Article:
In this lesson I am going to teach you how to calculate **maximums, minimums and inflection points** of a function when you don’t have its graph.

The relative extremes of a function are maximums, minimums and inflection points (point where the function goes from concave to convex and vice versa).

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## How to obtain maximums, minimums and inflection points with derivatives

The relative extremes (maxima, minima and inflection points) can be the points that make the first derivative of the function equal to zero:

These points will be the candidates to be a maximum, a minimum, an inflection point, but to do so, they must meet a second condition, which is what I indicate in the next section.

## How to know if a point is a maximum, a minimum or an inflection point

Once we have obtained the points for which the first derivative of the function is equal to zero, for each point we must check the following:

If the value of the second derivative at that point is greater than zero, then that point is minimum:

If the value of the second derivative at that point is less than zero, then that point is maximum:

If the second derivative at that point is equal to zero, then that point is an inflection point, as long as the third derivative at that point is other than zero:

Let’s see with an example everything explained so far.

## Resolved exercise on how to calculate maximums, minimums and inflection points

Let’s get the relative extremes of the next function:

First, we are going to obtain the possible relative extremes, obtaining the first derivative of the function and equaling it to 0.

The first derivative of the function is:

We equal it to zero to get the points that meet that condition:

To solve the equation, we previously simplified it:

As it is a third degree equation, I break it down into factors by the Ruffini rule:

Whose solutions are:

That correspond to possible maximums, minimums or inflection points.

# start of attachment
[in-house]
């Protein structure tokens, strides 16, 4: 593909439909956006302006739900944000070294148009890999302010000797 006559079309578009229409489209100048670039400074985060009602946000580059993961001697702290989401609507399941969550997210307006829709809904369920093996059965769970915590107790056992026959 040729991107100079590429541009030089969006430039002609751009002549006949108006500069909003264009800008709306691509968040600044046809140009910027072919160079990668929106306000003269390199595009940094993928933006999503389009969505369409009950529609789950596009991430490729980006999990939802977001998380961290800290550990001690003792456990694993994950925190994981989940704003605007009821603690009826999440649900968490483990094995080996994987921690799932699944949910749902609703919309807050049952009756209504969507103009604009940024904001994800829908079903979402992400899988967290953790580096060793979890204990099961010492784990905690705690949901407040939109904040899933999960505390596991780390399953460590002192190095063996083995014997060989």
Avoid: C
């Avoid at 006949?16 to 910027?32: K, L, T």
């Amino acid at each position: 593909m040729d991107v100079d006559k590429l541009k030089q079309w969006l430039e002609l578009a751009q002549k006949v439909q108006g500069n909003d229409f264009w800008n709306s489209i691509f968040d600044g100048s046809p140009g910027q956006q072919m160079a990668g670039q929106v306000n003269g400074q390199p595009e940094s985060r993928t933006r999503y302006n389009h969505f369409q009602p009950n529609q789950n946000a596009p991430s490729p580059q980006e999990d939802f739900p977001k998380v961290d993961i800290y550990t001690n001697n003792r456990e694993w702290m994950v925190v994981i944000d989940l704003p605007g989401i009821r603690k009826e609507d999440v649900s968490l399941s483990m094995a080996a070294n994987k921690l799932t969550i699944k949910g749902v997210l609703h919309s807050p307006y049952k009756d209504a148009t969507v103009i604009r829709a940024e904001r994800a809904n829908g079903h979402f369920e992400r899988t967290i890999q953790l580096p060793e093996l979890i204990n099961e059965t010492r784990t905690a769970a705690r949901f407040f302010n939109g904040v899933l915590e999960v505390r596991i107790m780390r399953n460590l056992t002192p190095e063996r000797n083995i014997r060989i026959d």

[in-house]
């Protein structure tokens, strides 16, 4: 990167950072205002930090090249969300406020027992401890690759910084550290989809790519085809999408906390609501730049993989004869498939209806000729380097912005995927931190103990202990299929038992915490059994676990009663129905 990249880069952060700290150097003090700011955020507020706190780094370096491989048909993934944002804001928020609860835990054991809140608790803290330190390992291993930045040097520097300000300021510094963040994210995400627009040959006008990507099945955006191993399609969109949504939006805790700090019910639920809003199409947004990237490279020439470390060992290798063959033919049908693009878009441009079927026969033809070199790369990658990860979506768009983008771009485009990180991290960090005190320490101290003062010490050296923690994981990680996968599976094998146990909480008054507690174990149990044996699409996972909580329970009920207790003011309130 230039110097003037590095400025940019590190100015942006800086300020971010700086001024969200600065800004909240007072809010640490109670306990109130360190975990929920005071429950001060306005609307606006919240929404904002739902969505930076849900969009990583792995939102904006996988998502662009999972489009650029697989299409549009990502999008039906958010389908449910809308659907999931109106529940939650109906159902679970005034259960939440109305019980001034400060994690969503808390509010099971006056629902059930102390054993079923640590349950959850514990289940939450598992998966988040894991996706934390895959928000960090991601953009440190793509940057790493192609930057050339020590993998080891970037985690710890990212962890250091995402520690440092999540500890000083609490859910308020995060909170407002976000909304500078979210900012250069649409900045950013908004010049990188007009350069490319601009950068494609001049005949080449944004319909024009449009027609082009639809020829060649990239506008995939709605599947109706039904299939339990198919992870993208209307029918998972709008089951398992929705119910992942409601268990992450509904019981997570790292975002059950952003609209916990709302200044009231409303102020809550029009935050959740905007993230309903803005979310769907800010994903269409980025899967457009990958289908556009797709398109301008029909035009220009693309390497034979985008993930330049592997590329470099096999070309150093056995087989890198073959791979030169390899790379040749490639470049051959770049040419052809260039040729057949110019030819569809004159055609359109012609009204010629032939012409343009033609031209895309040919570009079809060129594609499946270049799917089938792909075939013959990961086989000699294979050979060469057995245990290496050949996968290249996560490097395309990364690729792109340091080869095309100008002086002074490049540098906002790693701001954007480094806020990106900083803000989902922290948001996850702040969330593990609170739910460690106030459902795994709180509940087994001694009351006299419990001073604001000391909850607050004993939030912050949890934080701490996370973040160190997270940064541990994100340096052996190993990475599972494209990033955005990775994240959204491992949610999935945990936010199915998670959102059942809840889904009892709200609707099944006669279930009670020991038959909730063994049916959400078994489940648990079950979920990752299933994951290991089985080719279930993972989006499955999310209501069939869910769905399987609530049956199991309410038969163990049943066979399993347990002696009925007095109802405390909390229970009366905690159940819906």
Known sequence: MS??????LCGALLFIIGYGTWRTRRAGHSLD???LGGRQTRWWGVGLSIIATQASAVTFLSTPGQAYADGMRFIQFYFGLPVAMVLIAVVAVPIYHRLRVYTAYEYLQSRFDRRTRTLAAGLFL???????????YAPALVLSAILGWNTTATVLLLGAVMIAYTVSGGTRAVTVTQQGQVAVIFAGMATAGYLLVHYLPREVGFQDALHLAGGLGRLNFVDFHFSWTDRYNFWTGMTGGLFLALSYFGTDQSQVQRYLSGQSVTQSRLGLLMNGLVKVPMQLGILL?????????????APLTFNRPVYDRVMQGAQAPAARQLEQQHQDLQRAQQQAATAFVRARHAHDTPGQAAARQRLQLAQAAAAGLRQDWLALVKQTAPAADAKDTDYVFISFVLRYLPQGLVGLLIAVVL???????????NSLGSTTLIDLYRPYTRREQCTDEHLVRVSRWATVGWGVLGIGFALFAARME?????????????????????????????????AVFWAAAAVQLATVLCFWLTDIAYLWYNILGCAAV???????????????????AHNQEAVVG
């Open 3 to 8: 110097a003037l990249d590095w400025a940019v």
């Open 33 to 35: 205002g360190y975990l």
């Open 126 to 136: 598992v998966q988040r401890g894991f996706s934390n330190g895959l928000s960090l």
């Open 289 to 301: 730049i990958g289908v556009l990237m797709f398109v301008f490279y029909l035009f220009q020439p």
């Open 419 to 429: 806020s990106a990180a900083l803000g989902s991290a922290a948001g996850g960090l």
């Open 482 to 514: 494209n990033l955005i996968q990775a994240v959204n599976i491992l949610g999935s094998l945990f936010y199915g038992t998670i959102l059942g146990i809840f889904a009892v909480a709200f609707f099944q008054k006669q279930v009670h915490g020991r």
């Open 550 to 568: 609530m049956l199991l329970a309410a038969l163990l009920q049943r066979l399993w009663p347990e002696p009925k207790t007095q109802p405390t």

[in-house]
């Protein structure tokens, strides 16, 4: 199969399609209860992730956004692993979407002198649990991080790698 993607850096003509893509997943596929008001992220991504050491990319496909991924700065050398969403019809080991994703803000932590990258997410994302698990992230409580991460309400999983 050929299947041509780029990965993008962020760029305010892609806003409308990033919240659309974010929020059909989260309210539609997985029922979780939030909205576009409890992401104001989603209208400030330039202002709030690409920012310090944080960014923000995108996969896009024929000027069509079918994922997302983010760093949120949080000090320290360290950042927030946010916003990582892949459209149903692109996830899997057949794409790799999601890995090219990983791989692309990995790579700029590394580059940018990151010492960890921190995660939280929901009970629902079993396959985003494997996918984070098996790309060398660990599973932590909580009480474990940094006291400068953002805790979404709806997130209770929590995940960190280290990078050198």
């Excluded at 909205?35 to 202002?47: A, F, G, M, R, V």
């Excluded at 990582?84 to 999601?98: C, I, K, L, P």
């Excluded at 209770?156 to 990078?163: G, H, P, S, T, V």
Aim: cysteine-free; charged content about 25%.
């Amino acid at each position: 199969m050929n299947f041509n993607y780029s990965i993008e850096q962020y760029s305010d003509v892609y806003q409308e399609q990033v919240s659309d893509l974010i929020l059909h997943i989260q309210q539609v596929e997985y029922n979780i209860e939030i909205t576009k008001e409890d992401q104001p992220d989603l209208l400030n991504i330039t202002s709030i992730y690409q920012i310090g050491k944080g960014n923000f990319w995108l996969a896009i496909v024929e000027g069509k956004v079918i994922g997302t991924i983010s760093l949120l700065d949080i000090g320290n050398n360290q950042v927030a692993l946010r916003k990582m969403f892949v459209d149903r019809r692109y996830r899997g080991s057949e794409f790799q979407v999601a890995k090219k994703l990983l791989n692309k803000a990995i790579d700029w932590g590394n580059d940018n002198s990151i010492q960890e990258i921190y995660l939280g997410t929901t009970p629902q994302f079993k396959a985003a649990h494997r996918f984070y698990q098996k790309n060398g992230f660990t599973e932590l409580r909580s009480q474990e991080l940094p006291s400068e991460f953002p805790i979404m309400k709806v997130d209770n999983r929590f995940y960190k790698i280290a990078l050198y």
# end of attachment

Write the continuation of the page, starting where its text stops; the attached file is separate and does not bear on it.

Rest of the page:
Now we are going to check what each point corresponds to, studying the sign of the second derivative. For this we obtain the second derivative of the function:

And we calculate the value of the second derivative for each one of the values that we have just calculated and that make the first derivative zero (x=-2, x=-1 and x=1).

We start by calculating the value of the second derivative for x=-2:

The result is greater than zero, so in x=-2 there is a minimum:

We calculated the value of f”(x) for x=-1:

The result is less than zero, so in x=-1 there is a maximum

And finally, we calculate the value of the second derivative for x=1:

Whose value is greater than zero, so in x=1 there is a minimum:

With the values of x obtained from equalizing the first derivative to zero, we have had no value of f”(x) equal to zero, that is, we have not found any inflection point.

Therefore, we are going to calculate the points that make the second derivative equal to 0:

We equate the second derivative to 0:

And we solve the equation, whose results are:

These two values are possible inflection points, as long as they meet the third derivative for those points is other than zero.

We calculate the third derivative of the function:

And we find the value of the third derivative for x=0.21:

Which is different from 0, so at x=0.21 there is an inflection point:

We do the same with x=1.24:

The result is also non-zero, so at x=-1,24 there is an inflection point.

In short, the relative extremes we have found are:

- A minimum in x=-2
- A maximum in x=-1
- A minimum in x=1
- An inflection point in x=0.21
- An inflection point in x=-1,24